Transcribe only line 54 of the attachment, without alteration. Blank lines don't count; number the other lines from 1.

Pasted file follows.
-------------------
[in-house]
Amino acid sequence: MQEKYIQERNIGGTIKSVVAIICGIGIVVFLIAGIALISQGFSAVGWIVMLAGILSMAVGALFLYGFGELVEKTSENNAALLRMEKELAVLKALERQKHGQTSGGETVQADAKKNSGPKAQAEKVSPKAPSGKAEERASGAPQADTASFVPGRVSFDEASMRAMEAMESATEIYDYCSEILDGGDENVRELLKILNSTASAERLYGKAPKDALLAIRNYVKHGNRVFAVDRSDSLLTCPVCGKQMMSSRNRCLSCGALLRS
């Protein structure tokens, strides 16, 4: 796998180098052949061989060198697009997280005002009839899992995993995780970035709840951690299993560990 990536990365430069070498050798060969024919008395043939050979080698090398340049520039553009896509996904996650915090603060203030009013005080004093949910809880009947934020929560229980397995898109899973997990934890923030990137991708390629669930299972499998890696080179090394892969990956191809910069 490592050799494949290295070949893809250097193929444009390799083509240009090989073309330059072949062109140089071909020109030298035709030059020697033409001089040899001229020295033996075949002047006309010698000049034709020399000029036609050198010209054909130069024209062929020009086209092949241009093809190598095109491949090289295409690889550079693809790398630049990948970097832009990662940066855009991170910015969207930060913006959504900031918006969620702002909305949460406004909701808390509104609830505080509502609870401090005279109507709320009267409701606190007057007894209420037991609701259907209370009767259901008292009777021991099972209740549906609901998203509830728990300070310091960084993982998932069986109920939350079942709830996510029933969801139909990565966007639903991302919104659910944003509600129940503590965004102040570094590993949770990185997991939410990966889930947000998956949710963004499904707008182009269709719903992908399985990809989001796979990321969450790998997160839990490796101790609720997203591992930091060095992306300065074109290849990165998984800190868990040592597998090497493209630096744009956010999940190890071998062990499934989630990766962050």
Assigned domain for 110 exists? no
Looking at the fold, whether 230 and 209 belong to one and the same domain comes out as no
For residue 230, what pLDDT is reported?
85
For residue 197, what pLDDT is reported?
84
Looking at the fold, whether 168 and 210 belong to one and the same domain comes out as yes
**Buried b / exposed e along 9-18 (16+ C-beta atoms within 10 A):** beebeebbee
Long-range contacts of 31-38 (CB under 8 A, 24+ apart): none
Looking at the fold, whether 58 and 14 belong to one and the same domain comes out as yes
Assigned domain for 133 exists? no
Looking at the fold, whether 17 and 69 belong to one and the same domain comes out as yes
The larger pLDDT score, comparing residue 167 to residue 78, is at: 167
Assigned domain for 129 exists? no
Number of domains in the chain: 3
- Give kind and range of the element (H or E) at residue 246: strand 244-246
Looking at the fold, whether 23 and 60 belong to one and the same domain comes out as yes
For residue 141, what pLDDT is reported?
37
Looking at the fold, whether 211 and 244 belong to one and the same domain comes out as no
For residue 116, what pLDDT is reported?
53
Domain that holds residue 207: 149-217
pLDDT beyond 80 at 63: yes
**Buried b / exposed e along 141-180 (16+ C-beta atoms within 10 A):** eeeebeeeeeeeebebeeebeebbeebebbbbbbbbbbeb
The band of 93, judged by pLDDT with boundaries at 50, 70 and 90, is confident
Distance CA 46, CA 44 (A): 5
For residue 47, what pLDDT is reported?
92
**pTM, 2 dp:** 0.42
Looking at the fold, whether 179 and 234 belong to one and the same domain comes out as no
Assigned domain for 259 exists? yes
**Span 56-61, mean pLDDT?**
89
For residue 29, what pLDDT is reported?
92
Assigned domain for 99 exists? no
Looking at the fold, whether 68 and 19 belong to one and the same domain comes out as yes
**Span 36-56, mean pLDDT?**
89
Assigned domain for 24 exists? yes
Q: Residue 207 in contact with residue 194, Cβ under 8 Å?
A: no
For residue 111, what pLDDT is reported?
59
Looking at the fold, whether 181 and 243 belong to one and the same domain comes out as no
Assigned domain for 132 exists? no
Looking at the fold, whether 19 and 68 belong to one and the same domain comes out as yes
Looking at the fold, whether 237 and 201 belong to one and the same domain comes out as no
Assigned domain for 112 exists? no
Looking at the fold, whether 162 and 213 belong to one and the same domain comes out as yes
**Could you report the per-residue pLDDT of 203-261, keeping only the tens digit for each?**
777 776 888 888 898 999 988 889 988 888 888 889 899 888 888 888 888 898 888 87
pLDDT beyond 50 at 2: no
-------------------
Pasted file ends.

Looking at the fold, whether 162 and 213 belong to one and the same domain comes out as yes